From prototype to product launch--implementing J2EE Web Services using today's most popular web application server.
° Goes deeper into building web services within the context of business processes, using the UML design methodology for design and addresses Web Services Manageability.
° BEA WebLogic Server is the world's dominant J2EE Web application server.
"Very impressive work. This book is valuable for beginning and intermediate technologists." Dwight Mamanteo, Technical Manager, BEA Systems
"Provides explanations of Web services, tuning tips, and discussions on security that will likely be of benefit to developers as they create their Web services." Robert W. Husted, Member, Technical Staff, Requisite Software
You've seen plenty of theory about Web services. This book is about the reality: what it takes to successfully implement J2EE Web services with BEA WebLogic in complex enterprise environments. Anjali Anagol-Subbarao, one of the world's leading Web services experts, offers powerful insights for every stage of the Web services lifecycle: design, prototyping, development, testing, deployment, and management.
Anagol-Subbarao draws on her experience architecting and building Web services infrastructure for HP's worldwide operations and takes on the challenges that face every enterprise implementer. She demonstrates how to design robust Web services that align with business processes, smoothly integrate with existing infrastructure, deliver superior performance and security, and can be managed effectively. Coverage includes
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1. Introduction to Web Services.
Developments Leading up to Web Services.
What Are Web Services?
Platforms for Developing Web Services.
Web Services Standards Organizations.
Web Services Standards.
2. Essentials of J2EE.
Overview of J2EE.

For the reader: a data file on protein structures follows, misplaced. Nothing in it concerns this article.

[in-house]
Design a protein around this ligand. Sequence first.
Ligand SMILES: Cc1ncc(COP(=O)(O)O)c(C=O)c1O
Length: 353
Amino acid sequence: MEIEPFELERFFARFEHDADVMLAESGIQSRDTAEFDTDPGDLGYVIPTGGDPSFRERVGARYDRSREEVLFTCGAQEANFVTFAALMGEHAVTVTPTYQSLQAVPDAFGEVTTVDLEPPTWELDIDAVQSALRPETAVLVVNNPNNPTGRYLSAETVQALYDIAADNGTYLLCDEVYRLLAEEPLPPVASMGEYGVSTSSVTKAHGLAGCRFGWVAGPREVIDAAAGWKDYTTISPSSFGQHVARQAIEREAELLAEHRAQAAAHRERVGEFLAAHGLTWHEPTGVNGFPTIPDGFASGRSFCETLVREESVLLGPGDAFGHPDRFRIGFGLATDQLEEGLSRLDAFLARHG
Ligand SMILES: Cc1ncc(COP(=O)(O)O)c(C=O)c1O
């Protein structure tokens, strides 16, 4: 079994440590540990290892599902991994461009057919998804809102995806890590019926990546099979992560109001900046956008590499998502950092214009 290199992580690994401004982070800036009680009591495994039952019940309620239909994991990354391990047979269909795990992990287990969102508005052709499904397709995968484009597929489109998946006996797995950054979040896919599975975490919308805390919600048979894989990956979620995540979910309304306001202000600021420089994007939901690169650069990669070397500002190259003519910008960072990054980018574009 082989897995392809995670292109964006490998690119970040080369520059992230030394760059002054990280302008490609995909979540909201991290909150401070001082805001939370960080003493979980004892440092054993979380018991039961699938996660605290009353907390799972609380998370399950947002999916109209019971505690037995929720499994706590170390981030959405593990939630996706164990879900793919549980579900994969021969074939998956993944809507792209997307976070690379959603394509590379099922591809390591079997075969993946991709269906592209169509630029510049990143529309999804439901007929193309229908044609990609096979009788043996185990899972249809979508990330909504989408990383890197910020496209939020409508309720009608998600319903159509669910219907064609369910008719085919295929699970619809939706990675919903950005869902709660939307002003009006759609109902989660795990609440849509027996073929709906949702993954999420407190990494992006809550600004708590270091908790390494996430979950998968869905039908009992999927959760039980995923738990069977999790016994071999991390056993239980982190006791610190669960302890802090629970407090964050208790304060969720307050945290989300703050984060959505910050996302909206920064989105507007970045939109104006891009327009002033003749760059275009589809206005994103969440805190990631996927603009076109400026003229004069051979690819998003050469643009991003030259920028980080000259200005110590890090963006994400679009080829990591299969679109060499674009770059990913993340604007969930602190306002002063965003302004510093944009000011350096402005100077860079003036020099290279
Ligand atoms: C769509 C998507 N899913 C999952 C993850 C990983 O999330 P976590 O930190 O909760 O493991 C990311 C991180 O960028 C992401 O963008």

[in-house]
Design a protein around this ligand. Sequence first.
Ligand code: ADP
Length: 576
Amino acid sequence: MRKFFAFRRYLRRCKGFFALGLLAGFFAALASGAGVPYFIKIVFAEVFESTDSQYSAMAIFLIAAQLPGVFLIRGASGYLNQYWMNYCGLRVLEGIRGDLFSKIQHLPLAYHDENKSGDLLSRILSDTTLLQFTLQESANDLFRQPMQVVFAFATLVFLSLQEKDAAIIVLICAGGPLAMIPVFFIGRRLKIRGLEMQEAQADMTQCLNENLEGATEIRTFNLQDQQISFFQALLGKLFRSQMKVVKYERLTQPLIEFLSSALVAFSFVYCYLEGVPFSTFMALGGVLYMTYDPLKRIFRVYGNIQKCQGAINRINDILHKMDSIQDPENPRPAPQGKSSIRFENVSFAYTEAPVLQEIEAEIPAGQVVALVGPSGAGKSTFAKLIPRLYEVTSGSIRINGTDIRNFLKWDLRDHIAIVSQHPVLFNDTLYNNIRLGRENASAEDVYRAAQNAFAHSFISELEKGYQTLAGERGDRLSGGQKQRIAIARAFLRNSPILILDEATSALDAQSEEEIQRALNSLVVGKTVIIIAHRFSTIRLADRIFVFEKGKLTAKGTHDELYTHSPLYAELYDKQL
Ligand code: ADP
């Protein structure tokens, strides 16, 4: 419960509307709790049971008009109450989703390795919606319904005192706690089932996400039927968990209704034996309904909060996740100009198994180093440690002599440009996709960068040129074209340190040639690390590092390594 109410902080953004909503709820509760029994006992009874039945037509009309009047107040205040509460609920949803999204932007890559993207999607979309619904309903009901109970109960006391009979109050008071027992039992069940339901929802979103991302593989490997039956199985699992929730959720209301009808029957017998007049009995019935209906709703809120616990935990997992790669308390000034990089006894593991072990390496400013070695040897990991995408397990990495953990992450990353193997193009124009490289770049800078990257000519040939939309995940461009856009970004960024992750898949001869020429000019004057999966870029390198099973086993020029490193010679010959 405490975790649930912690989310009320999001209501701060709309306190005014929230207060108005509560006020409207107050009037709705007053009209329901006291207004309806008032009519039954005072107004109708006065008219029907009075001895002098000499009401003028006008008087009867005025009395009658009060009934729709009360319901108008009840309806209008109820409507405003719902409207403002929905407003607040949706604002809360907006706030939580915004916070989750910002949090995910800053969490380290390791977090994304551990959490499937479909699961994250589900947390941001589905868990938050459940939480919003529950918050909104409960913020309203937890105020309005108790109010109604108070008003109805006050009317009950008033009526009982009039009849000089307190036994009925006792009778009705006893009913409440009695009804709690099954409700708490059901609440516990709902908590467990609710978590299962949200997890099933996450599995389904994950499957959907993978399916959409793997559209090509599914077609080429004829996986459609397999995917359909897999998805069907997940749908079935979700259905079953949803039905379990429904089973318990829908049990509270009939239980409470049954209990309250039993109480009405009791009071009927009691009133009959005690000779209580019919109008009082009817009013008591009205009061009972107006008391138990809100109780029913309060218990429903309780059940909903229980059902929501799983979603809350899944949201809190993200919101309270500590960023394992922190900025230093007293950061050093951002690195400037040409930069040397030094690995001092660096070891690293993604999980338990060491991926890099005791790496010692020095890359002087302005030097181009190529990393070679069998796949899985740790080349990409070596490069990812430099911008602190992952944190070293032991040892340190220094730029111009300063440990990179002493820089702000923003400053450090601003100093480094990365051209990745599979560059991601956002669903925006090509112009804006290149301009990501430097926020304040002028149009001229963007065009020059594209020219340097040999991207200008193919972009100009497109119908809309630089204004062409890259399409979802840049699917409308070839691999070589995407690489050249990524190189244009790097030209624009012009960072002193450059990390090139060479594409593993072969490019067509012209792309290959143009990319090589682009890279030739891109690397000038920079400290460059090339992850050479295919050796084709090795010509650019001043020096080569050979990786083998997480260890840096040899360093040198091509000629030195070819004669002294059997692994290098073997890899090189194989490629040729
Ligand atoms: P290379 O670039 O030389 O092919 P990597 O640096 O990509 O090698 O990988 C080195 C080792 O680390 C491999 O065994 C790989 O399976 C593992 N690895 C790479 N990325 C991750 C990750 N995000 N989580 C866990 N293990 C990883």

The J2EE Architecture.
J2EE Services and APIs.
Assembling a J2EE Application.
Web Services Support in J2EE.
J2EE 1.4 Specification.
3. Introduction to the WebLogic Platform.
Building Blocks of the WebLogic Platform.
Workshop Integrated Development Environment.
Workshop Runtime Framework.
WebLogic Control Framework.
Web Flow Framework.
Support for Web Services.
Support for SOAP in WebLogic Server.
Support for WSDL in WebLogic Server.
Support for Creating Web Service Clients.
Building and Deploying Web Services.
4. Benefiting from an SOA and Web Services.
Understanding the SOA.
Using Web Services to Implement an SOA.
Defining the Service Interface.
Implementing the Service Interface.
Registering the Services.
Factors Driving the Business Decision.
Going Live with Web Services: HP Case Study.
Goals of the Project.
The Web Services Solution.
Benefits of the Solution.
5. Enabling Enterprise-Class Web Services.
Conforming to Standards.
Designing WSDL First.
Selecting SOAP Messaging.
Publishing Enduring Web Services Contracts.
Integrating Through Loose Coupling.
Choosing an XML Strategy.
Versioning New Releases.
Effectively Using Business-Tier Systems.
Facilitating Asynchronous Communication.
Using a Coarsely Grained Approach.
Exposing Business Logic Components.
Planning a Robust Production Environment.
Scalability and Performance.
6. Designing Web Services.
Designing WSDL with XMLSPY.
XMLSPY WSDL Editor.
Validating the Completed WSDL.
Adding Operations to the WSDL.
Prototyping Using Workshop.
Main Components of Workshop.
Creating a Web Service from the WSDL.
Web Service as JWS Files.